Chief Administrative Officer Gerald Mason noted that the figure could shrink, however, if state legislatures decided to phase the pension responsibility shift out over a certain amount of years.

“This may be adjusted downward after the General Assembly is done working the counties over,” Mason said.

Shockley was even more critical of Annapolis.
“There’s no trust in the Transportation Trust Fund,” he said.
“Quite frankly, there’s damn little trust at all.”

According to Shockley, the state has become more and more dismissive of not only Worcester, but the entire Eastern Shore over the years. 
“We used to get the crumbs that fell off the table. Now they use a vacuum cleaner before they sweep the table off,” he said.

Shockley went so far as to question if the benefits received from the state outweighed the newest wave of regulations and expectations.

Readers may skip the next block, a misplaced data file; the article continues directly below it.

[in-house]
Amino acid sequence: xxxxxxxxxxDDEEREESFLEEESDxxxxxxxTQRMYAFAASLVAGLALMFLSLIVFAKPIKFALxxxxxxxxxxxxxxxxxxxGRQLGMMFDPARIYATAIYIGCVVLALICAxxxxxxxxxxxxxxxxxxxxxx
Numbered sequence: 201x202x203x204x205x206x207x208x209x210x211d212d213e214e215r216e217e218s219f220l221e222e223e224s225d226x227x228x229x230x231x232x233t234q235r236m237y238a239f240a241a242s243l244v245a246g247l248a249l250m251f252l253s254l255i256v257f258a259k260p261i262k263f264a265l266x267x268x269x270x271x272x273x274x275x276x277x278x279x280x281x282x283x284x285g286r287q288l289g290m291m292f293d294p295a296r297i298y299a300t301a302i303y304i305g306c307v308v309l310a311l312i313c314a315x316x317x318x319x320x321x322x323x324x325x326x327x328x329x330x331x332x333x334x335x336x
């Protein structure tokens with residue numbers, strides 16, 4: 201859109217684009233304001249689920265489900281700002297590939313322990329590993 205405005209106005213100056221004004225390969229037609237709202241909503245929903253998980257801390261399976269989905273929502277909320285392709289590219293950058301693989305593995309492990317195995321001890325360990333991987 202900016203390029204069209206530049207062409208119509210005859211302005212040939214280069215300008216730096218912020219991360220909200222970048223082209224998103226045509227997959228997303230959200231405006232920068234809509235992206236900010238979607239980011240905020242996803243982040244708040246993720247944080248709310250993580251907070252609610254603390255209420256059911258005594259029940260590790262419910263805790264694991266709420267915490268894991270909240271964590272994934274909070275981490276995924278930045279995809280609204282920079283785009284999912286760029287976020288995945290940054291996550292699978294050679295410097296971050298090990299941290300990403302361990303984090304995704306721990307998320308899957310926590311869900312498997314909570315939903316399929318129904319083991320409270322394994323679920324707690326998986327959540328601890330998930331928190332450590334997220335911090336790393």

“There are nine counties on the Eastern Shore asking the same question: why do we want to be a part of the state of Maryland?” he said.

The series of unfunded mandates from Annapolis has effectively “nickel and dimed” Worcester in Shockley’s opinion. He now sees no choice but a tax increase.

“It’s going to go up,” he predicted. “It’s just a matter of how much it’s going to go up.”

Church also took several shots at Annapolis legislatures, who he called “dysfunctional.” As for the largest rock the state is poised to drop on counties, teacher pensions, Church couldn’t understand how such a move could be justified and whether or not it will take place in full or only in part.

“That’s the big question right now,” he said. “The teacher pensions should not be our expense.”

With the state unable to afford to fund the pensions, shifting them to the even less fiscally stable counties was, in Church’s opinion, not “the fair and equitable thing to do.”

According to Mason, raising the property tax rate by a penny would bring in about $1.6 million in new money. To achieve constant yield, rates would have to jump by 7 cents.